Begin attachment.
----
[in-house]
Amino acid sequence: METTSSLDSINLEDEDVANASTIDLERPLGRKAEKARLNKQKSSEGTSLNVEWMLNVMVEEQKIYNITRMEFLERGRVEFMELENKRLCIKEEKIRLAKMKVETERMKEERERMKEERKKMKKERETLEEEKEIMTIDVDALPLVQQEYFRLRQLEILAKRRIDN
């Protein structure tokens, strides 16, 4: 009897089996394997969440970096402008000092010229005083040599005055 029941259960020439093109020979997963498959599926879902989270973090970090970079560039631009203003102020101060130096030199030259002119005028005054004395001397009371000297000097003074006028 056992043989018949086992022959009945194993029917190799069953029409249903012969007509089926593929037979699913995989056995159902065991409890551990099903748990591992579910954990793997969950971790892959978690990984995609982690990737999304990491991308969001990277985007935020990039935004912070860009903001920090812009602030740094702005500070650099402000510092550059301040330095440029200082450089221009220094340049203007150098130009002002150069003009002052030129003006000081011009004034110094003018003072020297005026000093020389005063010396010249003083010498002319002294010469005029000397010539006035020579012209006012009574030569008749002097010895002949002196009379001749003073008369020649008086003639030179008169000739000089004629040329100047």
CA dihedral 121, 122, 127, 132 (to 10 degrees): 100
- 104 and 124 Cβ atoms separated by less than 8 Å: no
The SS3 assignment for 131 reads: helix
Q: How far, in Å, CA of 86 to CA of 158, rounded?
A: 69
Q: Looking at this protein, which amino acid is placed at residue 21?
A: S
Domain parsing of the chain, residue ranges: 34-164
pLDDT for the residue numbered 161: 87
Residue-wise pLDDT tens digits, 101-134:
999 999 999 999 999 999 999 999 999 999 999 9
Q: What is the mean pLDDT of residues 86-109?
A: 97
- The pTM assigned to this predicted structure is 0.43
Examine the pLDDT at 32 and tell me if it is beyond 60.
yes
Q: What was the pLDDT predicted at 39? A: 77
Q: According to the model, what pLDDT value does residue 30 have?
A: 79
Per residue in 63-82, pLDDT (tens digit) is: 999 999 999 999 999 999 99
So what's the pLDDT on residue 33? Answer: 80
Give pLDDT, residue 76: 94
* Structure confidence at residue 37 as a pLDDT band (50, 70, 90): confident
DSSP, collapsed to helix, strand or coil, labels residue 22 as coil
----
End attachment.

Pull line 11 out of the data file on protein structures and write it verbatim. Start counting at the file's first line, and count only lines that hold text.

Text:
Domain parsing of the chain, residue ranges: 34-164